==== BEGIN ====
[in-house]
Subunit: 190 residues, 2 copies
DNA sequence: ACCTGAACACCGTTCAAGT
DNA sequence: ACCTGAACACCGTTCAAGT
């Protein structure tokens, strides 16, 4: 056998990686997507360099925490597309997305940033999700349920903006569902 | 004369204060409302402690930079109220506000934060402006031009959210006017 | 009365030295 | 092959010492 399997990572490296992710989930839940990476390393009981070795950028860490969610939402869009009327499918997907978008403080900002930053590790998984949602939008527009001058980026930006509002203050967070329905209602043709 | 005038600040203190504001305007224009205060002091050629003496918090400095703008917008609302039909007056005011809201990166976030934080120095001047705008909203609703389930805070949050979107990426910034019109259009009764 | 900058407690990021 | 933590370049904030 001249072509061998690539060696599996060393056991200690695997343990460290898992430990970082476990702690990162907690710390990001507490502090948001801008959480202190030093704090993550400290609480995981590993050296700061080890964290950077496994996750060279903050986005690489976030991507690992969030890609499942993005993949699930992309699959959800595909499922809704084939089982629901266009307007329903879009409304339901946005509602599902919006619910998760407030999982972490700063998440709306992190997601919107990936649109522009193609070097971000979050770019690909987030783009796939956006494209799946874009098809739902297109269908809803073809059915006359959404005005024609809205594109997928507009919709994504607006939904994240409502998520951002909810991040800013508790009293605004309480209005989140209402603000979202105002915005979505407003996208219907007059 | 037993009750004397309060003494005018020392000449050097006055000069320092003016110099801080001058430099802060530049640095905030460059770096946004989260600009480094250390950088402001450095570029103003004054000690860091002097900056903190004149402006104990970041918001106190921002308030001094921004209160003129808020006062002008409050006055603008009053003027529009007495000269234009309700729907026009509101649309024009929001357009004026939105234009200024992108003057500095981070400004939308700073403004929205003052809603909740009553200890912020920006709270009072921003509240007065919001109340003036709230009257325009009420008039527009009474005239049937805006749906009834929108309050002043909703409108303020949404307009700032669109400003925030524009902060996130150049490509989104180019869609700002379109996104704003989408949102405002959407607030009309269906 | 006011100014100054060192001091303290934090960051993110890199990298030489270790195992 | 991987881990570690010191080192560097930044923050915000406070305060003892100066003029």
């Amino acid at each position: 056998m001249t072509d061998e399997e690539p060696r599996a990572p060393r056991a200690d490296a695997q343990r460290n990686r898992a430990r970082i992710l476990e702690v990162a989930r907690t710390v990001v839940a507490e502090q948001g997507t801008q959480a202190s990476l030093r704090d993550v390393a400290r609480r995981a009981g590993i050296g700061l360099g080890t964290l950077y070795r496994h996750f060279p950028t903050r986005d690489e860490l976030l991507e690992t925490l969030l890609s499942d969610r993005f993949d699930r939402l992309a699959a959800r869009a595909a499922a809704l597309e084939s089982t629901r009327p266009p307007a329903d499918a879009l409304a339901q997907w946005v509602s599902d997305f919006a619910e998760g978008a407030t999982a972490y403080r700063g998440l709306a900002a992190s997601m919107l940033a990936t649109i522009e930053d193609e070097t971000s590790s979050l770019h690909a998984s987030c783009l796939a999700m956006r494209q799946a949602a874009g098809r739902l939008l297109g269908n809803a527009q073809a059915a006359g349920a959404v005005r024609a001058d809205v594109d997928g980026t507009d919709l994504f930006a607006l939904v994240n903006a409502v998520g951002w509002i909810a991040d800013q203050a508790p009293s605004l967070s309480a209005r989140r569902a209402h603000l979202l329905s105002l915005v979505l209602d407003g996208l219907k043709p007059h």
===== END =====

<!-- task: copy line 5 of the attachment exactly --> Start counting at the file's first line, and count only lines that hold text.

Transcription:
């Protein structure tokens, strides 16, 4: 056998990686997507360099925490597309997305940033999700349920903006569902 | 004369204060409302402690930079109220506000934060402006031009959210006017 | 009365030295 | 092959010492 399997990572490296992710989930839940990476390393009981070795950028860490969610939402869009009327499918997907978008403080900002930053590790998984949602939008527009001058980026930006509002203050967070329905209602043709 | 005038600040203190504001305007224009205060002091050629003496918090400095703008917008609302039909007056005011809201990166976030934080120095001047705008909203609703389930805070949050979107990426910034019109259009009764 | 900058407690990021 | 933590370049904030 001249072509061998690539060696599996060393056991200690695997343990460290898992430990970082476990702690990162907690710390990001507490502090948001801008959480202190030093704090993550400290609480995981590993050296700061080890964290950077496994996750060279903050986005690489976030991507690992969030890609499942993005993949699930992309699959959800595909499922809704084939089982629901266009307007329903879009409304339901946005509602599902919006619910998760407030999982972490700063998440709306992190997601919107990936649109522009193609070097971000979050770019690909987030783009796939956006494209799946874009098809739902297109269908809803073809059915006359959404005005024609809205594109997928507009919709994504607006939904994240409502998520951002909810991040800013508790009293605004309480209005989140209402603000979202105002915005979505407003996208219907007059 | 037993009750004397309060003494005018020392000449050097006055000069320092003016110099801080001058430099802060530049640095905030460059770096946004989260600009480094250390950088402001450095570029103003004054000690860091002097900056903190004149402006104990970041918001106190921002308030001094921004209160003129808020006062002008409050006055603008009053003027529009007495000269234009309700729907026009509101649309024009929001357009004026939105234009200024992108003057500095981070400004939308700073403004929205003052809603909740009553200890912020920006709270009072921003509240007065919001109340003036709230009257325009009420008039527009009474005239049937805006749906009834929108309050002043909703409108303020949404307009700032669109400003925030524009902060996130150049490509989104180019869609700002379109996104704003989408949102405002959407607030009309269906 | 006011100014100054060192001091303290934090960051993110890199990298030489270790195992 | 991987881990570690010191080192560097930044923050915000406070305060003892100066003029």